Geraint Talfan Davies on the storm over MPs’ expenses:
In responding to the crisis generated by the row over MPs expenses we all have three choices: first, to regard it as one of those whirlwind media crises that will blow over, second, to see it a single serious blight on our otherwise fine democracy or, third, to see it as a manifestation of a wider endemic failure in our system of government.
We can dismiss the first option. The degree of voter anger is unprecedented, and it comes right in the middle of a UK-wide election campaign for the European Parliament and for local government in England. Voters will have an early opportunity to express their anger in the still glowing heat of the moment on June 4th. They will do it either by massive abstention or by voting for parties that they would never normally support.
The result will almost certainly exaggerate the true support for the BNP and UKIP, and could give those two deeply negative parties a platform that will distort debate for the next four years.
Over the rest of this year many constituency parties are going to be embroiled in anguished debate about whether or not to de-select sitting MPs. This will fill pages and airtime in national and local media, and will also create a very different climate for the next Labour leadership election whenever that comes. Expect the issue to raise its head, too, during the election for a successor to Rhodri Morgan in Welsh Labour in the latter half of this year.
This autumn all parties will have to respond to proposals from Sir Christopher Kelly’s Committee on Standards in Public Life. In Wales there may even be implications for the National Assembly, already awaiting an independent report from Sir Roger Jones on the financial support available to Assembly Members. Indeed, it would be surprising if Sir Roger’s conclusions had not hardened up as a result of the Westminster revelations.
The parties will also have to grapple with the impact on party funding, already facing the challenge of low levels of party membership and recession effects on private giving.
In short, this will not blow over. We are at the beginning of a long saga for parties and public. In this case the media will not move on. There is just too much grist for their mill.
Is it then an isolated problem or a symptom of a more chronic disease? Surely, only the wilfully blind, such as the Speaker of the House, could argue that this is a stand-alone issue. Judging by the reactions of the public in phone-ins, television programmes, letters, e-mails and blogs, people are already making the connections: to the long remarked public disengagement from party politics, to the collapse of values that has also been at the heart of the international banking crisis, to the lack of transparency in our governmental systems, to Parliament’s persistent failure to reform itself.
If we are to wish for any silver lining to this very dark cloud, it must be that Government and Parliament is shaken out of its historical complacency about our system of government. The public does not share the misplaced belief in the superiority of the workings of the Mother of Parliaments that is so prevalent at Westminster.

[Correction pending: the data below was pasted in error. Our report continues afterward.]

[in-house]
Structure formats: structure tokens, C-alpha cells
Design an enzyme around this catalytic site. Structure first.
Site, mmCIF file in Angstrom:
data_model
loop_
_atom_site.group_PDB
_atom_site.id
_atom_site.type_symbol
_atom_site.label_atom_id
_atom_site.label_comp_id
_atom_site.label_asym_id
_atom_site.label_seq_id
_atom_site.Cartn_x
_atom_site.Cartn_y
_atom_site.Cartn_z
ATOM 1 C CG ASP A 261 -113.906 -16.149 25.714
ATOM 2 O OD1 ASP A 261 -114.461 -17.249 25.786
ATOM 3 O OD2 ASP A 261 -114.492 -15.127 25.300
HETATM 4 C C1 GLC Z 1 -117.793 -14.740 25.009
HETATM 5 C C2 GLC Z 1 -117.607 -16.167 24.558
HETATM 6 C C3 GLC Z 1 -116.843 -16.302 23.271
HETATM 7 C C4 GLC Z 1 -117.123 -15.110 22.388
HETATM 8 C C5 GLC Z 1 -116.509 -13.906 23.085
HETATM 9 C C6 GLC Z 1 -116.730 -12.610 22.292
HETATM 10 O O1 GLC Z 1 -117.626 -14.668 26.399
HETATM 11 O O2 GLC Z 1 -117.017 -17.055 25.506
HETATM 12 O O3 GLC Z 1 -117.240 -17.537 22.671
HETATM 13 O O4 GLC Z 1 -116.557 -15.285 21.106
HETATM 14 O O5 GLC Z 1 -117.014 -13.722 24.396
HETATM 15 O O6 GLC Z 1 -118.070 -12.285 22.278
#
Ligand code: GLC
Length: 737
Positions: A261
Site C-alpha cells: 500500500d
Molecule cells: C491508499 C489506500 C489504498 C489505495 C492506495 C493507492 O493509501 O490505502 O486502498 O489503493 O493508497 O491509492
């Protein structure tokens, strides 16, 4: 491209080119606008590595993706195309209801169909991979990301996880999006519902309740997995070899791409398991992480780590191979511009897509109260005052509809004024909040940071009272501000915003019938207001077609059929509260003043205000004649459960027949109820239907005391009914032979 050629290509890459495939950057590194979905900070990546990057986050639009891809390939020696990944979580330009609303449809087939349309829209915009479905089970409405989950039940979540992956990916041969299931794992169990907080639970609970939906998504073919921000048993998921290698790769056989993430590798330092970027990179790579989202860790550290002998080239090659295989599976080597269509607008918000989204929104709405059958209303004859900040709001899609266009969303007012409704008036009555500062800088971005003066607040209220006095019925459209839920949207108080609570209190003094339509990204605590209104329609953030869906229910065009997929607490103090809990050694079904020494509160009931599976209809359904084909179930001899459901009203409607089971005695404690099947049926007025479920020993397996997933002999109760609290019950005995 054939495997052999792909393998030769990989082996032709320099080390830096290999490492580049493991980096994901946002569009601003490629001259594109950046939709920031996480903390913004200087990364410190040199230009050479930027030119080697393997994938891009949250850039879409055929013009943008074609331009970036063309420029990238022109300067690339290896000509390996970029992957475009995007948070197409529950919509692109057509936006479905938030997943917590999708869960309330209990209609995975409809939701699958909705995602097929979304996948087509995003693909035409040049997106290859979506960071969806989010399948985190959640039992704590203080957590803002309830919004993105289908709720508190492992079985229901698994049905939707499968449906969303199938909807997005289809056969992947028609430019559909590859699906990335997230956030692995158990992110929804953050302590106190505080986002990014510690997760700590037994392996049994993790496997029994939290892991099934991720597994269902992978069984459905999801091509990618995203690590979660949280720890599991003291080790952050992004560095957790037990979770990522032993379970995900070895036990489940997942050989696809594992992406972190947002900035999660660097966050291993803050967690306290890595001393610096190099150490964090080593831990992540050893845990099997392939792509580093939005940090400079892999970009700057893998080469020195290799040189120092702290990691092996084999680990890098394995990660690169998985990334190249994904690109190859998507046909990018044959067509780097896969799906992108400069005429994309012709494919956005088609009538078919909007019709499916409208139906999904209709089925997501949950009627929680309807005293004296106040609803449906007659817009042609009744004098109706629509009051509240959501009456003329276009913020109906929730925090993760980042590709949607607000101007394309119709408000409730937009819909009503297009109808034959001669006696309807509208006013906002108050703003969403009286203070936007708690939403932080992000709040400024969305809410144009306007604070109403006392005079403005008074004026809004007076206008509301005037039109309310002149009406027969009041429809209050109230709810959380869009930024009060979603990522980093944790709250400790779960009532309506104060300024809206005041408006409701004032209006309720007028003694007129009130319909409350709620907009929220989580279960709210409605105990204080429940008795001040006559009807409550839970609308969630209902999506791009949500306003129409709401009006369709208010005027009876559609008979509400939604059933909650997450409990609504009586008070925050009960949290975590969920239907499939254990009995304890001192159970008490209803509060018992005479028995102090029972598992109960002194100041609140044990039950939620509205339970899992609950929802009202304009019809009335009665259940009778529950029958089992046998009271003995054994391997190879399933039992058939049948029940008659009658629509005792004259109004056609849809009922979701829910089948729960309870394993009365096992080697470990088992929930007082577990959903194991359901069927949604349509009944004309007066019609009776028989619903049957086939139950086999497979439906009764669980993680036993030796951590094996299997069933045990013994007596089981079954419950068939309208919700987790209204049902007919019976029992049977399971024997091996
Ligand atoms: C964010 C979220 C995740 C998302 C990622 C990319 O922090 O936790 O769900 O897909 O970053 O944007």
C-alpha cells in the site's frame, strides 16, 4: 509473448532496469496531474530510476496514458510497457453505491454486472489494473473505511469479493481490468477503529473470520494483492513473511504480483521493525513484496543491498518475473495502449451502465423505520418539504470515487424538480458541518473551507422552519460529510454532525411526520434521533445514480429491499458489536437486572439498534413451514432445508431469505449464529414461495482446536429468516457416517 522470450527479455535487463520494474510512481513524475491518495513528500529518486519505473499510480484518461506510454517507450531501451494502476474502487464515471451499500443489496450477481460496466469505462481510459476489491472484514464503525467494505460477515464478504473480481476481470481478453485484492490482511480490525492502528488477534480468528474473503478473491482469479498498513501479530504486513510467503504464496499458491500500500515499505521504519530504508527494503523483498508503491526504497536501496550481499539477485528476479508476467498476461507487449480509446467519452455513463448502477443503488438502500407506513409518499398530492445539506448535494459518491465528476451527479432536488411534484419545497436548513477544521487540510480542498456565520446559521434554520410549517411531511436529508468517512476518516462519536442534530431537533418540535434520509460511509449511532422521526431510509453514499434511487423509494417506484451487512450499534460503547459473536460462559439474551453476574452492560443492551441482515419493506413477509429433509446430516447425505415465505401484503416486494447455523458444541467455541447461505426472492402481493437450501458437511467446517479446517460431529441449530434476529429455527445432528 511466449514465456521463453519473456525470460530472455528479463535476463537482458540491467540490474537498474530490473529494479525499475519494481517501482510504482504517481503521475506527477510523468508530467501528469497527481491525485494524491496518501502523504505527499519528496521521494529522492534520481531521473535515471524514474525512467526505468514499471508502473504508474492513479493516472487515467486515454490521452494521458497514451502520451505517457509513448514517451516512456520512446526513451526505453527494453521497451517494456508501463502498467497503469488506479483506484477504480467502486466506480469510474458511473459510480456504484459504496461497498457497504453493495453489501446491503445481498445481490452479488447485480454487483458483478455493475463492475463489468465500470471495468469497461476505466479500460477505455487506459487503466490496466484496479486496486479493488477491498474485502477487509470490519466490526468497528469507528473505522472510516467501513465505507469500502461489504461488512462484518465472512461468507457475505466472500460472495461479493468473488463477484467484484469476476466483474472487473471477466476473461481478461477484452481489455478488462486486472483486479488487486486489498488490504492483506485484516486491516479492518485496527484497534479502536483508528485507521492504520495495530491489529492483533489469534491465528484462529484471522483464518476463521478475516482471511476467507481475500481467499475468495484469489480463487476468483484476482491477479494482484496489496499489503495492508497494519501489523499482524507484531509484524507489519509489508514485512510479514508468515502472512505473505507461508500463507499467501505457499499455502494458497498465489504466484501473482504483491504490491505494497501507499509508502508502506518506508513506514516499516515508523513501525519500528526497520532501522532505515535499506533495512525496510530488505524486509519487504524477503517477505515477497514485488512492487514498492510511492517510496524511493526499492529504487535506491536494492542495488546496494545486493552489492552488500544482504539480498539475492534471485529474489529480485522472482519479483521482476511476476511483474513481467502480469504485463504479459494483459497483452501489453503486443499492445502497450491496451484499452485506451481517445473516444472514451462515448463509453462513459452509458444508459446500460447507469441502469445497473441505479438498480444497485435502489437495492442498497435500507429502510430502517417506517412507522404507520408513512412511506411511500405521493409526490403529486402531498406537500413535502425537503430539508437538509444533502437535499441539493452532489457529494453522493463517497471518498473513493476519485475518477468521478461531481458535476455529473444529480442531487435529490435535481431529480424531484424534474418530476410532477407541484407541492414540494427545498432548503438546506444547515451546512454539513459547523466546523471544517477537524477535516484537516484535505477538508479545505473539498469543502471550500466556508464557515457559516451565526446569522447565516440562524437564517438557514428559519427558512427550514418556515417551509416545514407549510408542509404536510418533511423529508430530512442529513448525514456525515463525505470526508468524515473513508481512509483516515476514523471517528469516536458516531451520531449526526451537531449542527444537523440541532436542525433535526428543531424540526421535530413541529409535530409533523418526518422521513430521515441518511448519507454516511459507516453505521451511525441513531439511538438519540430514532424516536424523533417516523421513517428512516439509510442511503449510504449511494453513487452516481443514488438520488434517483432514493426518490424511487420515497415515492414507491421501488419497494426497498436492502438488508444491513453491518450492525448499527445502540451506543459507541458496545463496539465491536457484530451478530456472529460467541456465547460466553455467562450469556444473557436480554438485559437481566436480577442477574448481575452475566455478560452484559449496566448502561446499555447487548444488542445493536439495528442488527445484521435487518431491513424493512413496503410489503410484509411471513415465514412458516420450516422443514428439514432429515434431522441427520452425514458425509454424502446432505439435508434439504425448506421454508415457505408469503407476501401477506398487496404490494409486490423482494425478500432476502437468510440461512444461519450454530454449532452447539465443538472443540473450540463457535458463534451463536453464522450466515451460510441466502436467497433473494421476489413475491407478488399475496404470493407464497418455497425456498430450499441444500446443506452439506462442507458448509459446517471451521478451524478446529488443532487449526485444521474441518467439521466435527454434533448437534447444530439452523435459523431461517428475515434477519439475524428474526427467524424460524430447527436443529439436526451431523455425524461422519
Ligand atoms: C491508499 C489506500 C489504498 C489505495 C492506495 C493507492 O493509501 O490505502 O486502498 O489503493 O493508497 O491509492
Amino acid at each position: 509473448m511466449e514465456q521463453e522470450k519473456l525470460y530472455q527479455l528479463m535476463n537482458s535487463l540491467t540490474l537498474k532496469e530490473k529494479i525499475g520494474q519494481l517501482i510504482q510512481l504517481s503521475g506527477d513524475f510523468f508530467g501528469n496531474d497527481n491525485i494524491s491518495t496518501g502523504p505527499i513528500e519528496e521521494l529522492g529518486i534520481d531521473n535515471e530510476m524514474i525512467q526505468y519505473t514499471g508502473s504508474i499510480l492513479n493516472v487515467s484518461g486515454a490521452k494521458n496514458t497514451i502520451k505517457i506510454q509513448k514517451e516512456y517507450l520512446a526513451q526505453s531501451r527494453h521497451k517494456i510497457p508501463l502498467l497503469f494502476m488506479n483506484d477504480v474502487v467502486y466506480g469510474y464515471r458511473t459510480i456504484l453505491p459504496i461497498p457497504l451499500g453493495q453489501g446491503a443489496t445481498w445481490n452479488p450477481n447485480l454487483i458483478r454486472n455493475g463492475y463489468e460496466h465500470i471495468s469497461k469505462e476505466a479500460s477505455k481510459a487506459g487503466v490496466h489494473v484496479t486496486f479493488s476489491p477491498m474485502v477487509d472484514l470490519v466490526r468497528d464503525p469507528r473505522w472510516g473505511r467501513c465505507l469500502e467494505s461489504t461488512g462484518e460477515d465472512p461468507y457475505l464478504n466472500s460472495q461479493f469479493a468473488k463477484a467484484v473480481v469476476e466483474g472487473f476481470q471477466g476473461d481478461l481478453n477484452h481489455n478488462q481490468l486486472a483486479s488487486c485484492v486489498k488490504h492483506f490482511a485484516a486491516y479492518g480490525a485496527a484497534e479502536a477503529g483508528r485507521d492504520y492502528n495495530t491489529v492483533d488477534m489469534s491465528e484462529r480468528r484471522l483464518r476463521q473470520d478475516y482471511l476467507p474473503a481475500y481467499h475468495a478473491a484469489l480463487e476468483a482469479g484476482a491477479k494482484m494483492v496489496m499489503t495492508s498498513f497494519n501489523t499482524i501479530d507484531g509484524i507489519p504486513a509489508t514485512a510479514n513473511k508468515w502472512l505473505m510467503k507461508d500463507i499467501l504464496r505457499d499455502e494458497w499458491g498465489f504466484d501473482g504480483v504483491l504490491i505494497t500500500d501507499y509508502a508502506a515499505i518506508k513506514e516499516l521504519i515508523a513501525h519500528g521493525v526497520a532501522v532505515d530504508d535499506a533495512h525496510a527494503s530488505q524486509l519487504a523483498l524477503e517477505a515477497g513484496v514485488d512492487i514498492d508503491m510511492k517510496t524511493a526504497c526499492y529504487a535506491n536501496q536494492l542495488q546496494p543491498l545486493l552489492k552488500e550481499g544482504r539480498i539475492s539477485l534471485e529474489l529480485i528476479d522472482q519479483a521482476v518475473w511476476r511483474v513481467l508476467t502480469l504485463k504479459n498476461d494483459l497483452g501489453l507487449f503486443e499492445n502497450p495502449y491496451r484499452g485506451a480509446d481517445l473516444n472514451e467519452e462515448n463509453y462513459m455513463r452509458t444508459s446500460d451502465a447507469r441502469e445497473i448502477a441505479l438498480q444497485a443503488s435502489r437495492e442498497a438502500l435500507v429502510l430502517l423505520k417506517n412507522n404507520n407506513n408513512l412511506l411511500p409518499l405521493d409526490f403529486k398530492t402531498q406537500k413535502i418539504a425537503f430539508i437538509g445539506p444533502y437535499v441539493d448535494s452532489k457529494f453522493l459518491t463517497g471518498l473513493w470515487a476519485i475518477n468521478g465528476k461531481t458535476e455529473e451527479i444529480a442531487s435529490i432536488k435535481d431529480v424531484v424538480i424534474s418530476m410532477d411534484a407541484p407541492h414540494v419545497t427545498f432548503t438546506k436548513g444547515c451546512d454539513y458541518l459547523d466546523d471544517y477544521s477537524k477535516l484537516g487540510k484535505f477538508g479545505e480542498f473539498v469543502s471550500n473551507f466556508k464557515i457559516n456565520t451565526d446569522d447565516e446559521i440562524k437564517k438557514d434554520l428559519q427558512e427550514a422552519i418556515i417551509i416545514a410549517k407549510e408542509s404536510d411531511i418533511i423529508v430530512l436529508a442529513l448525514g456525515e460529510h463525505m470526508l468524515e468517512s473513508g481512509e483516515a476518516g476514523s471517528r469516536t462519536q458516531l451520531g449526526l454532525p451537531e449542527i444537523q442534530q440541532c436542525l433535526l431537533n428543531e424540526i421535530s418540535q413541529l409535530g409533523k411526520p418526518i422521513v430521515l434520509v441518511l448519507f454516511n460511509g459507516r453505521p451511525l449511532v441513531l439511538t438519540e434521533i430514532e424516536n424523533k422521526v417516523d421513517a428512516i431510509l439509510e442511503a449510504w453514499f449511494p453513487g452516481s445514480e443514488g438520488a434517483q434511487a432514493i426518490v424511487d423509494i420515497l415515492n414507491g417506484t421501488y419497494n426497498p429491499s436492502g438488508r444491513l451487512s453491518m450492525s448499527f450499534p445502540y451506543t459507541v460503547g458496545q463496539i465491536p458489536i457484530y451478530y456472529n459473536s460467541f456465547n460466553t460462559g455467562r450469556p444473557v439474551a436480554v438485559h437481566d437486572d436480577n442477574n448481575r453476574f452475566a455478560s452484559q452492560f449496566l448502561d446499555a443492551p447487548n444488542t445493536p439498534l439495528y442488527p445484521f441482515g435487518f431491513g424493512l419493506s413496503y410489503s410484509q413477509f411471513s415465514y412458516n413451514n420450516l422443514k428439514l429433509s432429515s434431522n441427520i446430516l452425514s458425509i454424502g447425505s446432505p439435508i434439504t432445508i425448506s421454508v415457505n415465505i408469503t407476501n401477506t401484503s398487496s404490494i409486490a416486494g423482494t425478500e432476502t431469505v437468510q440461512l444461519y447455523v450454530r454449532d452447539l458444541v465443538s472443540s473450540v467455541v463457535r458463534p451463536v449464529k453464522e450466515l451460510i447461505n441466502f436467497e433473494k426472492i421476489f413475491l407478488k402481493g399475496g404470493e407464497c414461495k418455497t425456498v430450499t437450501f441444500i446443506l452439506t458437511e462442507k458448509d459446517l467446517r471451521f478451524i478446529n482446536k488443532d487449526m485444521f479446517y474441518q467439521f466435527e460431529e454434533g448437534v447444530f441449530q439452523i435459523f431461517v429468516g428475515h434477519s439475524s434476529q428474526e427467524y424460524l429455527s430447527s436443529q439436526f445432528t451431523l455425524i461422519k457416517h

You do not have to be a student of the constitution to be aware of the gross imbalance between the power of the executive and the legislature, or of the decades of failure to reform the House of Lords. If Parliament cannot deal rationally and rigorously with the simple matter of its own house-keeping, it is no wonder that it cannot grapple with even more fundamental issues about its own operation.
It has long been fashionable to dismiss constitutional debate as a matter for the chattering classes. That was always a short-sighted and self-interested argument. Just how short-sighted that was is now becoming clear.
Movements like Charter 88 or the more recent Power Commission under Helena Kennedy have only ever been allowed limited purchase. Governments have usually seen constitutional change as a distraction, to be avoided if at all possible, but if not, then to be minimised and boxed in, with wider linkages ignored or denied. Even devolution has conformed to some of this pattern. The European Union has been a more effective driver of reform on human rights than Parliament. In England proponents of more local democracy, for a long time accorded the same respect as train-spotters, even now are to be indulged before elections but probably ignored after them.
The appropriate response to the current crisis by Government, Parliament and the political parties should be: first, the immediate appointment of a new Speaker with a mandate to lead a process of reform; second, to rid Parliament of those who have seriously abused the expenses system; and then, following he next general election, to establish a cross-party constitutional convention to consider an all-embracing agenda of constitutional reform that would take in both Houses of Parliament, devolved administrations, and local government.
At the same time the political parties will need to look at their own structures, and particularly at the way in which they can reach out to a public – perhaps through American style primaries – beyond the shell organisations that exist in too many constituencies.
Only in these ways can our political system regain the moral authority desperately needed to re-introduce, with some semblance of credibility, a fresh moral dimension into the way this country is run and financed.